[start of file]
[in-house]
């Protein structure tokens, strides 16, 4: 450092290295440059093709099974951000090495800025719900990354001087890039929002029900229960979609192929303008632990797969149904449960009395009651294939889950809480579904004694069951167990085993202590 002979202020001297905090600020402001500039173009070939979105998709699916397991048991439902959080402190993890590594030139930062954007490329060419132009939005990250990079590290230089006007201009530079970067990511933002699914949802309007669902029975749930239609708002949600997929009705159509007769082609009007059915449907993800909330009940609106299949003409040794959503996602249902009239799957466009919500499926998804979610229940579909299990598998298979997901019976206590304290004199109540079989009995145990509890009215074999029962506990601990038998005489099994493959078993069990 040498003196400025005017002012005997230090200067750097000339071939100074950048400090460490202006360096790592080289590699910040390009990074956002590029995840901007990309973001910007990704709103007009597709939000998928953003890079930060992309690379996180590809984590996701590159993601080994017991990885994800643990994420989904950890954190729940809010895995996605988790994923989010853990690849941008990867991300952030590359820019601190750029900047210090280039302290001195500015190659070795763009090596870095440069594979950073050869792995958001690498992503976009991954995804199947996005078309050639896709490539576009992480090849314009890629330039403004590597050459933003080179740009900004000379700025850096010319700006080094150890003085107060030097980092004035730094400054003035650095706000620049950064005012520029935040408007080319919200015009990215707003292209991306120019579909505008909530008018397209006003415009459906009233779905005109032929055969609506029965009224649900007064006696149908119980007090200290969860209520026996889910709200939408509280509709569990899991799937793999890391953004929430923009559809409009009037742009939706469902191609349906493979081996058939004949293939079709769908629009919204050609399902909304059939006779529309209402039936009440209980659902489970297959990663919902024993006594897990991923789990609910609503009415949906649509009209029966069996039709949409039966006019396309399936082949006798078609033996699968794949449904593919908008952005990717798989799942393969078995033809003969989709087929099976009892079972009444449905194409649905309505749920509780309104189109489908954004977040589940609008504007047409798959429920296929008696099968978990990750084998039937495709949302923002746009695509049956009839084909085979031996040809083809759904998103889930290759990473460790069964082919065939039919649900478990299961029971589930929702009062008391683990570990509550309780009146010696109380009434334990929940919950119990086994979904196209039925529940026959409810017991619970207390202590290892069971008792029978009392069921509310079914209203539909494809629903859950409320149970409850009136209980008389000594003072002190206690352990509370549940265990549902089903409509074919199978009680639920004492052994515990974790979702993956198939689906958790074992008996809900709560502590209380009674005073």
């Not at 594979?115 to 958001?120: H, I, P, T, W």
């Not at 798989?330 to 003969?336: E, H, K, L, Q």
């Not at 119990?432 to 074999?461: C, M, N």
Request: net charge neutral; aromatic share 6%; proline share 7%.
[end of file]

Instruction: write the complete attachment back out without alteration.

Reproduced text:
[in-house]
């Protein structure tokens, strides 16, 4: 450092290295440059093709099974951000090495800025719900990354001087890039929002029900229960979609192929303008632990797969149904449960009395009651294939889950809480579904004694069951167990085993202590 002979202020001297905090600020402001500039173009070939979105998709699916397991048991439902959080402190993890590594030139930062954007490329060419132009939005990250990079590290230089006007201009530079970067990511933002699914949802309007669902029975749930239609708002949600997929009705159509007769082609009007059915449907993800909330009940609106299949003409040794959503996602249902009239799957466009919500499926998804979610229940579909299990598998298979997901019976206590304290004199109540079989009995145990509890009215074999029962506990601990038998005489099994493959078993069990 040498003196400025005017002012005997230090200067750097000339071939100074950048400090460490202006360096790592080289590699910040390009990074956002590029995840901007990309973001910007990704709103007009597709939000998928953003890079930060992309690379996180590809984590996701590159993601080994017991990885994800643990994420989904950890954190729940809010895995996605988790994923989010853990690849941008990867991300952030590359820019601190750029900047210090280039302290001195500015190659070795763009090596870095440069594979950073050869792995958001690498992503976009991954995804199947996005078309050639896709490539576009992480090849314009890629330039403004590597050459933003080179740009900004000379700025850096010319700006080094150890003085107060030097980092004035730094400054003035650095706000620049950064005012520029935040408007080319919200015009990215707003292209991306120019579909505008909530008018397209006003415009459906009233779905005109032929055969609506029965009224649900007064006696149908119980007090200290969860209520026996889910709200939408509280509709569990899991799937793999890391953004929430923009559809409009009037742009939706469902191609349906493979081996058939004949293939079709769908629009919204050609399902909304059939006779529309209402039936009440209980659902489970297959990663919902024993006594897990991923789990609910609503009415949906649509009209029966069996039709949409039966006019396309399936082949006798078609033996699968794949449904593919908008952005990717798989799942393969078995033809003969989709087929099976009892079972009444449905194409649905309505749920509780309104189109489908954004977040589940609008504007047409798959429920296929008696099968978990990750084998039937495709949302923002746009695509049956009839084909085979031996040809083809759904998103889930290759990473460790069964082919065939039919649900478990299961029971589930929702009062008391683990570990509550309780009146010696109380009434334990929940919950119990086994979904196209039925529940026959409810017991619970207390202590290892069971008792029978009392069921509310079914209203539909494809629903859950409320149970409850009136209980008389000594003072002190206690352990509370549940265990549902089903409509074919199978009680639920004492052994515990974790979702993956198939689906958790074992008996809900709560502590209380009674005073």
């Not at 594979?115 to 958001?120: H, I, P, T, W």
């Not at 798989?330 to 003969?336: E, H, K, L, Q």
């Not at 119990?432 to 074999?461: C, M, N």
Request: net charge neutral; aromatic share 6%; proline share 7%.